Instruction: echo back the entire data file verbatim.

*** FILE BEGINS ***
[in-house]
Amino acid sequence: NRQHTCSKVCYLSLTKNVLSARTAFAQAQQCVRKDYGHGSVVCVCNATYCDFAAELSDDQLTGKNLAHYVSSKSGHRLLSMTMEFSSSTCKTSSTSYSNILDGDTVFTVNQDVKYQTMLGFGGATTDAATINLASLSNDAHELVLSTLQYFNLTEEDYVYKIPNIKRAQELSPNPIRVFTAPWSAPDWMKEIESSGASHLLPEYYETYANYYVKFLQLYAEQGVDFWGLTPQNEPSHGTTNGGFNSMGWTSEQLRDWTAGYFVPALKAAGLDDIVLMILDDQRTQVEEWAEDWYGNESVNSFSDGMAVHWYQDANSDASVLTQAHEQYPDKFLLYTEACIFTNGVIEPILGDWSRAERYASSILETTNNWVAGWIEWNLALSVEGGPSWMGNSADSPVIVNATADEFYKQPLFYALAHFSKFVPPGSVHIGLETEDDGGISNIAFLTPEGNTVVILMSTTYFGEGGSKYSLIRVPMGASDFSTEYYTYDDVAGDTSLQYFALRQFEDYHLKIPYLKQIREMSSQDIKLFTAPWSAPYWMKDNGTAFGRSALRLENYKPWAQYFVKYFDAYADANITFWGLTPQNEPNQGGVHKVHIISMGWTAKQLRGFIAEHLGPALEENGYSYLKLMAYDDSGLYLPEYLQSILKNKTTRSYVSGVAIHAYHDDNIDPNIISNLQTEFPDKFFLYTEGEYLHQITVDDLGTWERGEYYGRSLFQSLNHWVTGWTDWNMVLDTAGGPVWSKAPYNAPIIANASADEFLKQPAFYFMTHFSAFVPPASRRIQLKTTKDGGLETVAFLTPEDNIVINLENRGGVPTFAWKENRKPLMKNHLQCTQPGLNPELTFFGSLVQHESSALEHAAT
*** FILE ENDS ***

[in-house]
Amino acid sequence: NRQHTCSKVCYLSLTKNVLSARTAFAQAQQCVRKDYGHGSVVCVCNATYCDFAAELSDDQLTGKNLAHYVSSKSGHRLLSMTMEFSSSTCKTSSTSYSNILDGDTVFTVNQDVKYQTMLGFGGATTDAATINLASLSNDAHELVLSTLQYFNLTEEDYVYKIPNIKRAQELSPNPIRVFTAPWSAPDWMKEIESSGASHLLPEYYETYANYYVKFLQLYAEQGVDFWGLTPQNEPSHGTTNGGFNSMGWTSEQLRDWTAGYFVPALKAAGLDDIVLMILDDQRTQVEEWAEDWYGNESVNSFSDGMAVHWYQDANSDASVLTQAHEQYPDKFLLYTEACIFTNGVIEPILGDWSRAERYASSILETTNNWVAGWIEWNLALSVEGGPSWMGNSADSPVIVNATADEFYKQPLFYALAHFSKFVPPGSVHIGLETEDDGGISNIAFLTPEGNTVVILMSTTYFGEGGSKYSLIRVPMGASDFSTEYYTYDDVAGDTSLQYFALRQFEDYHLKIPYLKQIREMSSQDIKLFTAPWSAPYWMKDNGTAFGRSALRLENYKPWAQYFVKYFDAYADANITFWGLTPQNEPNQGGVHKVHIISMGWTAKQLRGFIAEHLGPALEENGYSYLKLMAYDDSGLYLPEYLQSILKNKTTRSYVSGVAIHAYHDDNIDPNIISNLQTEFPDKFFLYTEGEYLHQITVDDLGTWERGEYYGRSLFQSLNHWVTGWTDWNMVLDTAGGPVWSKAPYNAPIIANASADEFLKQPAFYFMTHFSAFVPPASRRIQLKTTKDGGLETVAFLTPEDNIVINLENRGGVPTFAWKENRKPLMKNHLQCTQPGLNPELTFFGSLVQHESSALEHAAT